METHODS: A cohort of 385 children (201 boys, 54.5%) born in 2010 in Taiwan attended a 6-year follow-up visit including a questionnaire, an interview by physicians, fractional exhaled nitric oxide (FeNO), and serum testing for total and allergen-specific immunoglobulin E. Asthma, allergic rhinitis, and atopic dermatitis were defined on the basis of physician’s diagnosis.
RESULTS: The rate of physician-diagnosed asthma was significantly higher in children with a history of neonatal jaundice (OR:2.722; 95% CI:1.192-6.214; p=0.017), after adjustment for gender, maternal age, maternal education, and family economic status. A sex-stratified analysis revealed a stronger association of neonatal jaundice with asthma in boys than in girls. Among asthmatic children, there were no significant differences in FeNO levels, serum total IgE levels, or the rate of allergic sensitization between subjects with and without a history of neonatal jaundice. There was no significant association of neonatal jaundice with allergic rhinitis (OR:2.024; 95% CI:0.843-4.800; p=0.115) or atopic dermatitis (OR:1.946; 95% CI:0.819-4.623; p=0.132), after adjusting for confounders.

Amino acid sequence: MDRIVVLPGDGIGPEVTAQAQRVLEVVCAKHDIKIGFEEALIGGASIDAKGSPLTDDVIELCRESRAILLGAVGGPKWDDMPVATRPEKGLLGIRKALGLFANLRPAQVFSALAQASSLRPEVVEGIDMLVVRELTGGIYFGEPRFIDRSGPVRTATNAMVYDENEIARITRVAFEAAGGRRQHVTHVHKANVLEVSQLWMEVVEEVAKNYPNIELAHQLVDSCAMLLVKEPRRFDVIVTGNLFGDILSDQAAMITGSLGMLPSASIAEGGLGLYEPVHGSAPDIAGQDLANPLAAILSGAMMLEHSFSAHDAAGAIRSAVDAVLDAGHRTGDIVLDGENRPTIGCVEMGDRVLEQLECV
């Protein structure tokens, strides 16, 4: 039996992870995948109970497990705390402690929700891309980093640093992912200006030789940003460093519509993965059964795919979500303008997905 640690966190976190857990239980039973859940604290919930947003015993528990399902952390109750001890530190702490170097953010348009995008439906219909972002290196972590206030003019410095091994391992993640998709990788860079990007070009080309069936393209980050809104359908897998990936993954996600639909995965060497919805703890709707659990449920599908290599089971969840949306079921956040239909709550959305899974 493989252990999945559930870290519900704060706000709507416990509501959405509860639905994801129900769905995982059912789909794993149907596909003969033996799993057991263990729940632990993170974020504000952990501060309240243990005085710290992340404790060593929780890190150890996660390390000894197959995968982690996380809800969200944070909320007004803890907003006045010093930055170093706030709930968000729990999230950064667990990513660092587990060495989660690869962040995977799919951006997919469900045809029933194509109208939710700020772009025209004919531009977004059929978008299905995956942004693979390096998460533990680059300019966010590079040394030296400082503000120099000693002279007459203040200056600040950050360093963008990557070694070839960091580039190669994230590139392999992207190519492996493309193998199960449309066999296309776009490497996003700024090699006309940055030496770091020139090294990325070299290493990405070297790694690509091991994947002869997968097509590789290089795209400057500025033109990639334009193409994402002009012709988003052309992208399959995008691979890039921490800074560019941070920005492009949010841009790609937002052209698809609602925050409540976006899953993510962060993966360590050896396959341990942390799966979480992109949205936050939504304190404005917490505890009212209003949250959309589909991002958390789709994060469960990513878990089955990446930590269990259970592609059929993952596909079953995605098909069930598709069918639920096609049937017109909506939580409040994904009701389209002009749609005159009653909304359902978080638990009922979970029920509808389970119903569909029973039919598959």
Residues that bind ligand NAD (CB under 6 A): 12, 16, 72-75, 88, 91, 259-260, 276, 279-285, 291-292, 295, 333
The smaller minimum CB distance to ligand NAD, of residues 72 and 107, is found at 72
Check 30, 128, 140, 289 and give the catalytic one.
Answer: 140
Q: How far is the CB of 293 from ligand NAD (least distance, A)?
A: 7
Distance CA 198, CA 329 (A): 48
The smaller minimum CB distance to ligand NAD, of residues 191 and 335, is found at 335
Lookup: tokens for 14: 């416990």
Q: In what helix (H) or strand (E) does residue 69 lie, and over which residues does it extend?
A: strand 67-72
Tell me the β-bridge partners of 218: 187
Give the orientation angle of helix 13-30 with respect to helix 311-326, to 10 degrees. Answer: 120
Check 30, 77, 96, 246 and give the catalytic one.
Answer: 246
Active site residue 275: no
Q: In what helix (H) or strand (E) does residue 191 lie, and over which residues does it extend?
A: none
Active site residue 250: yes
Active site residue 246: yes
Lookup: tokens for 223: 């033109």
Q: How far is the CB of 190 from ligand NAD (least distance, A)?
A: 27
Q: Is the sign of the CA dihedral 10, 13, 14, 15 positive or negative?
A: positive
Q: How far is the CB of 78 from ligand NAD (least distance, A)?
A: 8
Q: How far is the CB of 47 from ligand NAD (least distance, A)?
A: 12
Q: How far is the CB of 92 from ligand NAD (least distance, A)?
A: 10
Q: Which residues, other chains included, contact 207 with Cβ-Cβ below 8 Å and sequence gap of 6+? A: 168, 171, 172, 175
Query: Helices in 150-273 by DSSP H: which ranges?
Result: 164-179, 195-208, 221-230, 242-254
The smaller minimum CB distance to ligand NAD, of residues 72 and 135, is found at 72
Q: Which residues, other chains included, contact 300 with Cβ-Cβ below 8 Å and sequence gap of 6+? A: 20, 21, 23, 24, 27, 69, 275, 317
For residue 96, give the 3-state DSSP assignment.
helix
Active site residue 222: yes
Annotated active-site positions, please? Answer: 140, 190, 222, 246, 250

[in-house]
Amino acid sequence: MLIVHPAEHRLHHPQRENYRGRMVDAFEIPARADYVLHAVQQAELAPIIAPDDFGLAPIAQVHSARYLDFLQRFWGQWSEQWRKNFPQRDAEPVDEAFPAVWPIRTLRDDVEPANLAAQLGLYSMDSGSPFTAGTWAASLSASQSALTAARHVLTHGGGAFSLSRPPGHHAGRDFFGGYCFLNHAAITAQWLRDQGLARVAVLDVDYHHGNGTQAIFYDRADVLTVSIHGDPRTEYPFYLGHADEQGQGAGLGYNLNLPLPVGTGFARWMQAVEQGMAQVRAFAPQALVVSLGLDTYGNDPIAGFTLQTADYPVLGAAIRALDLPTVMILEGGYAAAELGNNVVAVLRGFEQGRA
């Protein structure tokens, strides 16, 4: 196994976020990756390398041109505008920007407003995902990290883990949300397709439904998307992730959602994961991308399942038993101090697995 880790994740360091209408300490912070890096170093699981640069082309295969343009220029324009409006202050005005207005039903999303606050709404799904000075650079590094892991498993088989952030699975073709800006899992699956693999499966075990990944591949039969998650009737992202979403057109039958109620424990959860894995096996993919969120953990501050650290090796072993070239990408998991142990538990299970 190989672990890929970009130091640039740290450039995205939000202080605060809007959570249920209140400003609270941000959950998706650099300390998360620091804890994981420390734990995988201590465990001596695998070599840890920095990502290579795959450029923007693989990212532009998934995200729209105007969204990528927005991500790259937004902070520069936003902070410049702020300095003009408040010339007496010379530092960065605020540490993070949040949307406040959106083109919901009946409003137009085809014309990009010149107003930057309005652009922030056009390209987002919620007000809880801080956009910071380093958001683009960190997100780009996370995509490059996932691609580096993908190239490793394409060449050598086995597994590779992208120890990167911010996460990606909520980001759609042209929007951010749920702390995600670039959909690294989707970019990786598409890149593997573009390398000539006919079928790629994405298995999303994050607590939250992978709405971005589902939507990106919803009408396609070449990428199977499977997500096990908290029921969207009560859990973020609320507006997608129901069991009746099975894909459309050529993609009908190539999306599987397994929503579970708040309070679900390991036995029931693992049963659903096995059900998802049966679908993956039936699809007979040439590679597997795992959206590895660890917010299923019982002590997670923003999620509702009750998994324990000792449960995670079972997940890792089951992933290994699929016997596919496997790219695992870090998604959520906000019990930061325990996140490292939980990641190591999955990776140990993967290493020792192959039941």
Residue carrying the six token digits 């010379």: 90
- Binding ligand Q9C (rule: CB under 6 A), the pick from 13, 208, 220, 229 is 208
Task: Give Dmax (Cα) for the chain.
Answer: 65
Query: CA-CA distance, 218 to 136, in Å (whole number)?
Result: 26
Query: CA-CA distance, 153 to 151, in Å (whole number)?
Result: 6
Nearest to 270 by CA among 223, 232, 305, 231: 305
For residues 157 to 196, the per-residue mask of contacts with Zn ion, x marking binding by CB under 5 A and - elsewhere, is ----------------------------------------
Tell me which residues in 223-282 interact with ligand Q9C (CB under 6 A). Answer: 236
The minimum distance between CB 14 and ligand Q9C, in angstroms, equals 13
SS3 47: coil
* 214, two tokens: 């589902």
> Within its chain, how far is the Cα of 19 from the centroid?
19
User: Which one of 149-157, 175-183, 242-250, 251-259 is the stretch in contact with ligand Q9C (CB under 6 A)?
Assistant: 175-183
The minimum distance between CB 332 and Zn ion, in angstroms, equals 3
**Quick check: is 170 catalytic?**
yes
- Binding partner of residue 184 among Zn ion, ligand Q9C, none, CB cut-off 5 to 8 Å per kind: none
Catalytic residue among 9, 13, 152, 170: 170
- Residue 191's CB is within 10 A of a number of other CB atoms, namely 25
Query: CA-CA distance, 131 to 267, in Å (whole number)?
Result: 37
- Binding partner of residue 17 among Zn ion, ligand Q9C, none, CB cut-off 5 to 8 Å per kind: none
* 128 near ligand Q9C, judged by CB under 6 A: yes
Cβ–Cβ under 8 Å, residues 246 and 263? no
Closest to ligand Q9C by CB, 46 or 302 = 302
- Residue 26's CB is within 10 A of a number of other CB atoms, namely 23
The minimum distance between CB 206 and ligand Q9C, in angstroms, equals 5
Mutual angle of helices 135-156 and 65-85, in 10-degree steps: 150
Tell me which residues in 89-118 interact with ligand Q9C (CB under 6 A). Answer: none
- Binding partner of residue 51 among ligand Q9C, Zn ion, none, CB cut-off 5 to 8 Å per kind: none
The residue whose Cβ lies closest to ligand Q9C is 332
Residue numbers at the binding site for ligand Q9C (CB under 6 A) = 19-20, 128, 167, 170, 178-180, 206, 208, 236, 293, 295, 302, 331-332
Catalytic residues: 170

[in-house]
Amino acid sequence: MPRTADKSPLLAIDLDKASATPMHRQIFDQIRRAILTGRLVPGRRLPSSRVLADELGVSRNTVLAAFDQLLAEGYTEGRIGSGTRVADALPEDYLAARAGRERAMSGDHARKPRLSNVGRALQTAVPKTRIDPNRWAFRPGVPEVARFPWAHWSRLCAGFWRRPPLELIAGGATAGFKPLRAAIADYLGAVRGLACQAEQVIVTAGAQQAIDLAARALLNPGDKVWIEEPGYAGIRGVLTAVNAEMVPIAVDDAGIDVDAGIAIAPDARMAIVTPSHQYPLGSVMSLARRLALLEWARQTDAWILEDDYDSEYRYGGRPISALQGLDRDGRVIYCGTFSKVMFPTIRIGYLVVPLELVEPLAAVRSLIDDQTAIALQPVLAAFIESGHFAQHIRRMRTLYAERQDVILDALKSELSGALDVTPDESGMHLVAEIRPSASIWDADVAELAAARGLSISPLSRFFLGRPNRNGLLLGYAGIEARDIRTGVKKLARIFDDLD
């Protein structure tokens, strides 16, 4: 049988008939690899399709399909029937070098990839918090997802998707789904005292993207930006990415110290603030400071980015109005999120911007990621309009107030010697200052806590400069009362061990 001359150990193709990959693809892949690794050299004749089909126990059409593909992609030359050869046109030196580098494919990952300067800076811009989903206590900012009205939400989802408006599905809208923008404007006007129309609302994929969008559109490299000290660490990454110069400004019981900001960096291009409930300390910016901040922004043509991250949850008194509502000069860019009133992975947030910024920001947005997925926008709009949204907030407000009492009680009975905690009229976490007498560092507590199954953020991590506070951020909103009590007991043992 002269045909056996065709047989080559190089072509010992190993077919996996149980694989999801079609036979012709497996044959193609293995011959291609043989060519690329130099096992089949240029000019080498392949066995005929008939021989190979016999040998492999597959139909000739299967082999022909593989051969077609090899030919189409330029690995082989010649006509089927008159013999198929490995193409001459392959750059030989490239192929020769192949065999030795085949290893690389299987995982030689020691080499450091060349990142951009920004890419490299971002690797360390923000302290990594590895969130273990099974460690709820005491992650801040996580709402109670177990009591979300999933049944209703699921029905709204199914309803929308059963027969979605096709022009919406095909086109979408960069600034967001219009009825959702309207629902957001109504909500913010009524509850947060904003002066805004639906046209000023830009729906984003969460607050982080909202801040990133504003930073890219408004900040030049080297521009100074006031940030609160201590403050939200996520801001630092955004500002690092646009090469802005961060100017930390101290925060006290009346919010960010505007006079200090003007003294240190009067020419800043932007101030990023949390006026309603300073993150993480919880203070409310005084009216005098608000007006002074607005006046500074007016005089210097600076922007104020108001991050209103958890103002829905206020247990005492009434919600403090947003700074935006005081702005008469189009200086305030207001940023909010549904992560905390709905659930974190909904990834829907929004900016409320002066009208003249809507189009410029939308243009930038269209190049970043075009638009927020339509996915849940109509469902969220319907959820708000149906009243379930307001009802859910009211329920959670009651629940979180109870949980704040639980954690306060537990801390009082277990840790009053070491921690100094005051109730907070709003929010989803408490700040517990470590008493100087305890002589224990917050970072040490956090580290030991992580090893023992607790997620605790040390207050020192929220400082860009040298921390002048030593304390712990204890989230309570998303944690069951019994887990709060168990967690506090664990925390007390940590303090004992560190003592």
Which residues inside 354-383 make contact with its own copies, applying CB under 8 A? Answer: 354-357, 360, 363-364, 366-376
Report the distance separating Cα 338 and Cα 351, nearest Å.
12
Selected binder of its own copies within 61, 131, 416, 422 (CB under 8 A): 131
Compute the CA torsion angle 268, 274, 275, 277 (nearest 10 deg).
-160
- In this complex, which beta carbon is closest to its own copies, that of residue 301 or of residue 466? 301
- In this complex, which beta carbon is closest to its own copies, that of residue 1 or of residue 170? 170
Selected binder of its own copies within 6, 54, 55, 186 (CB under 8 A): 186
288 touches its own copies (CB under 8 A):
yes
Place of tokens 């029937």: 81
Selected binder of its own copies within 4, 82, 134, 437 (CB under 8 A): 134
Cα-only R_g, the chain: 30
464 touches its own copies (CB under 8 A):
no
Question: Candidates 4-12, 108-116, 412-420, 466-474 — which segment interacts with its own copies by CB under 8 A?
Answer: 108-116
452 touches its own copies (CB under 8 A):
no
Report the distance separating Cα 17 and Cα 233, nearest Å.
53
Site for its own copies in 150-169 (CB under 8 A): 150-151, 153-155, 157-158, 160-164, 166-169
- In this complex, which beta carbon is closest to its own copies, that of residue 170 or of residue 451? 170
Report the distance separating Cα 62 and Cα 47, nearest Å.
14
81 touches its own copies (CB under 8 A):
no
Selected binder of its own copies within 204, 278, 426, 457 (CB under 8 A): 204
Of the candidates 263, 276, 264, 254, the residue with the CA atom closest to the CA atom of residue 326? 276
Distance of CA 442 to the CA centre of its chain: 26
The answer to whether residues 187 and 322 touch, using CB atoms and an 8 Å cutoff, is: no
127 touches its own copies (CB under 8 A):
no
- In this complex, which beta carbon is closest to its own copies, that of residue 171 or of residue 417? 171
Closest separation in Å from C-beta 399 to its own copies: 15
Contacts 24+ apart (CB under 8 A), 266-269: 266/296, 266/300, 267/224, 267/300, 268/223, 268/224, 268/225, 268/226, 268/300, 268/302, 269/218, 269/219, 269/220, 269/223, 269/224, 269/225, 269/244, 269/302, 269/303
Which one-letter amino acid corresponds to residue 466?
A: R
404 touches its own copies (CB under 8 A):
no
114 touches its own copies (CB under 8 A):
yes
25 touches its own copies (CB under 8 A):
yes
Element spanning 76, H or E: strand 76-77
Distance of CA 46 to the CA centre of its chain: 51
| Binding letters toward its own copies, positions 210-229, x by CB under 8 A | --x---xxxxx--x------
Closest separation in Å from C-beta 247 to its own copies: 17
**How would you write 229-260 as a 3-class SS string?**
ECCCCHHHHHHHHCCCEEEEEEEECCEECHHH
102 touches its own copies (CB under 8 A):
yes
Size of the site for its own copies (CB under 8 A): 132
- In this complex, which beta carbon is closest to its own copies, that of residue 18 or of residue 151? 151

CONCLUSIONS: The cohort study of Asian children provides supportive evidence that neonatal jaundice is associated with an increased risk of asthma by 6 years of age. We are conducting further studies with a larger sample size to confirm the findings in this pilot study.